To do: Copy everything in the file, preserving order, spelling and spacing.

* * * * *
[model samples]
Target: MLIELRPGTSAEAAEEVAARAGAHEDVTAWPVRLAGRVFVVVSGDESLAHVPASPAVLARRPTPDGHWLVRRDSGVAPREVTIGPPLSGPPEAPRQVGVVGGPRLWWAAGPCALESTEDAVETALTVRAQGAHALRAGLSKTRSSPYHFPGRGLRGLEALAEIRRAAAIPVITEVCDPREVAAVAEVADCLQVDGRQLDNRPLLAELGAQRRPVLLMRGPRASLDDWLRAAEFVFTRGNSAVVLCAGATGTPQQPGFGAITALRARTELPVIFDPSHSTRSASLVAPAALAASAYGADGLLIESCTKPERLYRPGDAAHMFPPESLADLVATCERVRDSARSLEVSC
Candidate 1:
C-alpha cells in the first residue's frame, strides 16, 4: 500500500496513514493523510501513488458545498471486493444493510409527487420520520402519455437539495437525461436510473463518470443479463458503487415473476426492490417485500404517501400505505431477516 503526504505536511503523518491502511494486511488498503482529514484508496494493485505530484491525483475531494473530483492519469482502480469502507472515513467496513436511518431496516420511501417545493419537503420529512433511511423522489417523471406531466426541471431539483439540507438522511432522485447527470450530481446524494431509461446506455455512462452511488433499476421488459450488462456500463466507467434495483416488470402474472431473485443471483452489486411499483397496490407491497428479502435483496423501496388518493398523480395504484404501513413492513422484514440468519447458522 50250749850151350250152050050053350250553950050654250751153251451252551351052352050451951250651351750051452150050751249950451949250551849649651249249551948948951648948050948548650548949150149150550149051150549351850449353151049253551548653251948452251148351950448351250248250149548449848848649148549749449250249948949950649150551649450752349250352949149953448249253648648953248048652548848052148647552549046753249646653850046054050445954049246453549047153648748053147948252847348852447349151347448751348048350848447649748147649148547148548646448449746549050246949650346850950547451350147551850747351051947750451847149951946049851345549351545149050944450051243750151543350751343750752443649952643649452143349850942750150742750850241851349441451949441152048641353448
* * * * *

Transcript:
[model samples]
Target: MLIELRPGTSAEAAEEVAARAGAHEDVTAWPVRLAGRVFVVVSGDESLAHVPASPAVLARRPTPDGHWLVRRDSGVAPREVTIGPPLSGPPEAPRQVGVVGGPRLWWAAGPCALESTEDAVETALTVRAQGAHALRAGLSKTRSSPYHFPGRGLRGLEALAEIRRAAAIPVITEVCDPREVAAVAEVADCLQVDGRQLDNRPLLAELGAQRRPVLLMRGPRASLDDWLRAAEFVFTRGNSAVVLCAGATGTPQQPGFGAITALRARTELPVIFDPSHSTRSASLVAPAALAASAYGADGLLIESCTKPERLYRPGDAAHMFPPESLADLVATCERVRDSARSLEVSC
Candidate 1:
C-alpha cells in the first residue's frame, strides 16, 4: 500500500496513514493523510501513488458545498471486493444493510409527487420520520402519455437539495437525461436510473463518470443479463458503487415473476426492490417485500404517501400505505431477516 503526504505536511503523518491502511494486511488498503482529514484508496494493485505530484491525483475531494473530483492519469482502480469502507472515513467496513436511518431496516420511501417545493419537503420529512433511511423522489417523471406531466426541471431539483439540507438522511432522485447527470450530481446524494431509461446506455455512462452511488433499476421488459450488462456500463466507467434495483416488470402474472431473485443471483452489486411499483397496490407491497428479502435483496423501496388518493398523480395504484404501513413492513422484514440468519447458522 50250749850151350250152050050053350250553950050654250751153251451252551351052352050451951250651351750051452150050751249950451949250551849649651249249551948948951648948050948548650548949150149150550149051150549351850449353151049253551548653251948452251148351950448351250248250149548449848848649148549749449250249948949950649150551649450752349250352949149953448249253648648953248048652548848052148647552549046753249646653850046054050445954049246453549047153648748053147948252847348852447349151347448751348048350848447649748147649148547148548646448449746549050246949650346850950547451350147551850747351051947750451847149951946049851345549351545149050944450051243750151543350751343750752443649952643649452143349850942750150742750850241851349441451949441152048641353448